This week, I am thankful for an opportunity that I have been given: On March 25, 2007, just over one month from today, the Delta Winds (a conglomeration of members of the Stockton Concert Band, Lodi Community Band, Brentwood Community Band, and some very talented local high school students) leaves for New York City to perform at Carnegie Hall on Wednesday, March 28, 2007! (Check out the iPod in the right sidebar featuring clips from past Stockton Concert Band concerts, or watch the clips of our performances in Hawaii in June 2005 on You Tube.)
I can’t quite believe that this will be (approximately) my view of the world for the brief time that I will spend there rehearsing and performing:
Here is a view looking down on the stage from the balcony:
That’s where my flute and I will be, along with the approximately 109 other musicians in our ensemble and our fabulous conductor, Arthur J. Holton III.
In Friday’s Feast this past week, one of the questions was, “What is something that has happened to you that you would consider a miracle?” My answer began with: “I could literally write a book about all the miraculous things that have happened in my life. I keep saying “I couldn’t make this stuff up” because it seems to me that my whole life has been a series of miraculous twists and turns amounting to a journey that is never dull.”
This upcoming trip and performance is another one of those miracles. Although I have been a musician for virtually my whole life, I have only been a flutist for three years. And in that short period of time, to be given a chance to play in one of the best concert halls in the world with a really fine group of musicians is nothing short of a miracle.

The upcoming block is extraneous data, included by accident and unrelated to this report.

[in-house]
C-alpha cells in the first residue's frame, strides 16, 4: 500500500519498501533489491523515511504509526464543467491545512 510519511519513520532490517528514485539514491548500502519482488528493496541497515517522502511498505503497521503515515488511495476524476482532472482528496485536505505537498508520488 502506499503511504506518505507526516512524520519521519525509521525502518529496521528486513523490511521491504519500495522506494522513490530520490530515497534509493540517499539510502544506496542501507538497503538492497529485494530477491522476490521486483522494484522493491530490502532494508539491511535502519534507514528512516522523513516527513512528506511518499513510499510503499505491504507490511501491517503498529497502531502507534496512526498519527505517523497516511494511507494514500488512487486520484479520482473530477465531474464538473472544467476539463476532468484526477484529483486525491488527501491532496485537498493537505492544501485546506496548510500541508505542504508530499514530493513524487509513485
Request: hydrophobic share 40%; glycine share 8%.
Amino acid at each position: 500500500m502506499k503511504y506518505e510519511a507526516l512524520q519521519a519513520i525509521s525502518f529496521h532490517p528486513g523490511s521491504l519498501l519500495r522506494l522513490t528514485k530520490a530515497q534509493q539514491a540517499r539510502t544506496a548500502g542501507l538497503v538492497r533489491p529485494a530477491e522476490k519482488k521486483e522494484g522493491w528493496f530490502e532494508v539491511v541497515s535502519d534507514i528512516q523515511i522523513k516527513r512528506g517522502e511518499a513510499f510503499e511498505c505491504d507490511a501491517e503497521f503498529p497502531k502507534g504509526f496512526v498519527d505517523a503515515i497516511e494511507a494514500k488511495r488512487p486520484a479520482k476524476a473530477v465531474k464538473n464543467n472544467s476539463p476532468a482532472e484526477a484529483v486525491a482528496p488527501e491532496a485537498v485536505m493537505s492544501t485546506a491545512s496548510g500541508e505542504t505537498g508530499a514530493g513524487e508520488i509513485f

Have you ever had a momentous event in your life for which you spent a great deal of time planning, dreaming, preparing and anticipating? This is such an event and when opportunities like this present themselves, it is not unusual for people to say things like, “It is too much. I can’t take it all in. I can’t process it yet. I think about it and it doesn’t seem real.”
So it is in this case. Even while I sit here looking at those photos of the auditorium and type the words “I will be sitting on that stage playing my flute,” it just doesn’t seem real. In fact, if I think about it for too long, I get a knot in my stomach that is only rivaled by the one I experienced as I sat in the courtroom of the California Supreme Court with one whole section of the courtroom seating cordoned off for the media, most of whom were staring at my legal opponents and I, waiting for the justices to enter and oral argument to begin. I certainly hope that I don’t get the case of “dry mouth” I had that morning. I remember thinking, “I’m not going to be able to speak. My tongue won’t work.” But, of course, I did and, in fact, once I began, I actually enjoyed myself.
So I know that once I put my flute’s mouthpiece up to my lips and begin playing, I am going to experience a musical pinnacle the likes of which most musicians who, like me, earn their daily bread doing something other than performing, only get to dream about.
So I most certainly have much to be thankful for this day.
And now, I must sign off, get out my flute and practice because I have a rehearsal with my duet partner at one, followed by another with my wonderful fellow Carnegie Hall-bound flutists at 3:00 p.m.
Soli deo gloria!*
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